I would like to understand these ibdata files as these play vital role in the crash recovery procedure. I could not find proper resources over the web for this.
ibdata1 is the system tablespace for the InnoDB infrastructure.
It contains several classes for information vital for InnoDB
- Table Data Pages
- Table Index Pages
- Data Dictionary
- MVCC Control Data
- Undo Space
- Rollback Segments
- Double Write Buffer (Pages Written in the Background to avoid OS caching)
- Insert Buffer (Changes to Secondary Indexes)
You can divorce Data and Index Pages from ibdata1 by enabling innodb_file_per_table. This will cause any newly created InnoDB table to store data and index pages in an external
- datadir is
CREATE TABLE mydb.mytable (...) ENGINE=InnoDB;, creates
innodb_file_per_tableenabled, Data/Index Pages Stored in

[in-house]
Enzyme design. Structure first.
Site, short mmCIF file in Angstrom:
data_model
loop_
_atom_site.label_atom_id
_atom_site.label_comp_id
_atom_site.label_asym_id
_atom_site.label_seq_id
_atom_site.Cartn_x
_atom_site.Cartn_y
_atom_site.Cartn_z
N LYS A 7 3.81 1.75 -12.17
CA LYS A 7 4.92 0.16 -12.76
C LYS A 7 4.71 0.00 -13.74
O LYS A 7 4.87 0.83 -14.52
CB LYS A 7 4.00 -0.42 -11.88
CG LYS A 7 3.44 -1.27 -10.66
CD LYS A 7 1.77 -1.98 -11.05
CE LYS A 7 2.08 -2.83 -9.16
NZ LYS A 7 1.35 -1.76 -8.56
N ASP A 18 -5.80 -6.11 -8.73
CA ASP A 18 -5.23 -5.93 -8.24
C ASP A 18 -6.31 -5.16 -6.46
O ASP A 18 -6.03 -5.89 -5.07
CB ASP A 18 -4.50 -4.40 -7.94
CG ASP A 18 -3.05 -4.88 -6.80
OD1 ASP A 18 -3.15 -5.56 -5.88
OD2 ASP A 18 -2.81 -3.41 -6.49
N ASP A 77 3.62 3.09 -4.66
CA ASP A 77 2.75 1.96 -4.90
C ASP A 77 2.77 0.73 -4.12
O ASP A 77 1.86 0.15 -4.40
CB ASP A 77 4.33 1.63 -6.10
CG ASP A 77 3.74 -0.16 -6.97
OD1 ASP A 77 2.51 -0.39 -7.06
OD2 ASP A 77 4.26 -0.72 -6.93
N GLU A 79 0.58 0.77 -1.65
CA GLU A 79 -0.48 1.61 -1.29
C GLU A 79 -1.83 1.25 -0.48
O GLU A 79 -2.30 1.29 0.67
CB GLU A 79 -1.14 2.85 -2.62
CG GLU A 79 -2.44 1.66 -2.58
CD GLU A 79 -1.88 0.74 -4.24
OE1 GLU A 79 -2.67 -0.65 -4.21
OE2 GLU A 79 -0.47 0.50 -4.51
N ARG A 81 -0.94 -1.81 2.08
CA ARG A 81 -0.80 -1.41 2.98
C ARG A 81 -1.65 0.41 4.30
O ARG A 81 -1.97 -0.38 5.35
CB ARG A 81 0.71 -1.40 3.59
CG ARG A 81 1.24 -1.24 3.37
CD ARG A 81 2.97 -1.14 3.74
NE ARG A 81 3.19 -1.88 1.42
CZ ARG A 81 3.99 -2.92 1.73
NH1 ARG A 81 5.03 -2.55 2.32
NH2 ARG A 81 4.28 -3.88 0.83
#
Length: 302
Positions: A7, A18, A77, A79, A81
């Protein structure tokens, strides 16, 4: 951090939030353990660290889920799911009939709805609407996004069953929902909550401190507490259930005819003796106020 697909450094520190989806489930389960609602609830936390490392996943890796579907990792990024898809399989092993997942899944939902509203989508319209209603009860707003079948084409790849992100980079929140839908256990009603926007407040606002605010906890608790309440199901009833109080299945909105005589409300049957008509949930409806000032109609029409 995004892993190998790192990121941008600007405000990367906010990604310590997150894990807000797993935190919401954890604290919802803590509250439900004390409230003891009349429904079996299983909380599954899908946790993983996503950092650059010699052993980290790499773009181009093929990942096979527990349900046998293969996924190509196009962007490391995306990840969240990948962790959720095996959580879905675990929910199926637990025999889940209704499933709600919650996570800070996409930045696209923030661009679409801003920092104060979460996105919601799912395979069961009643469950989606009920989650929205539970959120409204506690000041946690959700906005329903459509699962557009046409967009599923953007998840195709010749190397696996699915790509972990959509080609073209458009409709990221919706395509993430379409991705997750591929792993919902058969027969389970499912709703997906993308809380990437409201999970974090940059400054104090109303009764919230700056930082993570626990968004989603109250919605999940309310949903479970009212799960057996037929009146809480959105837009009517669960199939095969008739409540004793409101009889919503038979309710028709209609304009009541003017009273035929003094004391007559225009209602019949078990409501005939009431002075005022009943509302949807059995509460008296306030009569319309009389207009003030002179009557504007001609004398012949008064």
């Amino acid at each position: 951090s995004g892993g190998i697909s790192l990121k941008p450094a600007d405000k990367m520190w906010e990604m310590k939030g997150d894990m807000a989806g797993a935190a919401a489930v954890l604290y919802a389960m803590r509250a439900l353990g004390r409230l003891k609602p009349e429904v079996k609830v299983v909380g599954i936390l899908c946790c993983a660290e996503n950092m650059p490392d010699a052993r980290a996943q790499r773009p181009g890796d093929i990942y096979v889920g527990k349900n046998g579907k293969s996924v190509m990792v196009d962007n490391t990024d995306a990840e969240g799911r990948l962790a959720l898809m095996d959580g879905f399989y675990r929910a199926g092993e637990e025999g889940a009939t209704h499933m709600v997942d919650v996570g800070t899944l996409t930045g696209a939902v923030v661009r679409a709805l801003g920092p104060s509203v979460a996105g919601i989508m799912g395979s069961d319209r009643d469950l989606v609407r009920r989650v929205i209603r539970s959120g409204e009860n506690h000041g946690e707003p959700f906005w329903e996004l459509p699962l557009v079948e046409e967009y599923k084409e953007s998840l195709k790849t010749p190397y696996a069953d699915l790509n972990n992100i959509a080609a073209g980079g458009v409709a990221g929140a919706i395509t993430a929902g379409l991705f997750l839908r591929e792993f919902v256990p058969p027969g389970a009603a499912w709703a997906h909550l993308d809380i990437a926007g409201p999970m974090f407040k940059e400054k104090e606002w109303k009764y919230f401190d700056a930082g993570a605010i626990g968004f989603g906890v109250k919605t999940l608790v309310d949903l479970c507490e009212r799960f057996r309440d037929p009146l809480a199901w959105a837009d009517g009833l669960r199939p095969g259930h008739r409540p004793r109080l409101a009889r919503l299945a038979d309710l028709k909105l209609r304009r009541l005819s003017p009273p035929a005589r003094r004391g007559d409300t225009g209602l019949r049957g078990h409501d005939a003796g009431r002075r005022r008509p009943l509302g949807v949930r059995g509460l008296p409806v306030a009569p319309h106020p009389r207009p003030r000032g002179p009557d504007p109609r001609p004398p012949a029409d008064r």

innodb_file_per_tabledisabled, Data/Index Pages Stored in
Here are my past articles on separating table data and indexes from ibdata1
Oct 29, 2010: My Original Post in StackOverflow
Nov 26, 2011: ERROR 1114 (HY000) at line 6308 in file & The table user_analysis is full
Feb 03, 2012: Scheduled optimization of tables in MySQL InnoDB
Mar 25, 2012: Why does InnoDB store all databases in one file?
Apr 01, 2012: Is innodb_file_per_table advisable?
iblog files (a.k.a.
If you want to know what the
ib_logfile1 are for, they are the InnoDB Redo Logs. They should never be erased or resized until a full normal shutdown of mysqld has taken place. If mysqld ever crashes, just start up mysqld. It will read across
ib_logfile1 to check for any data changes that were not posted to the the double write buffer in
ibdata1. It will replay (redo) those changes. Once they are replayed and stored, mysqld becomes ready for new DB Connections.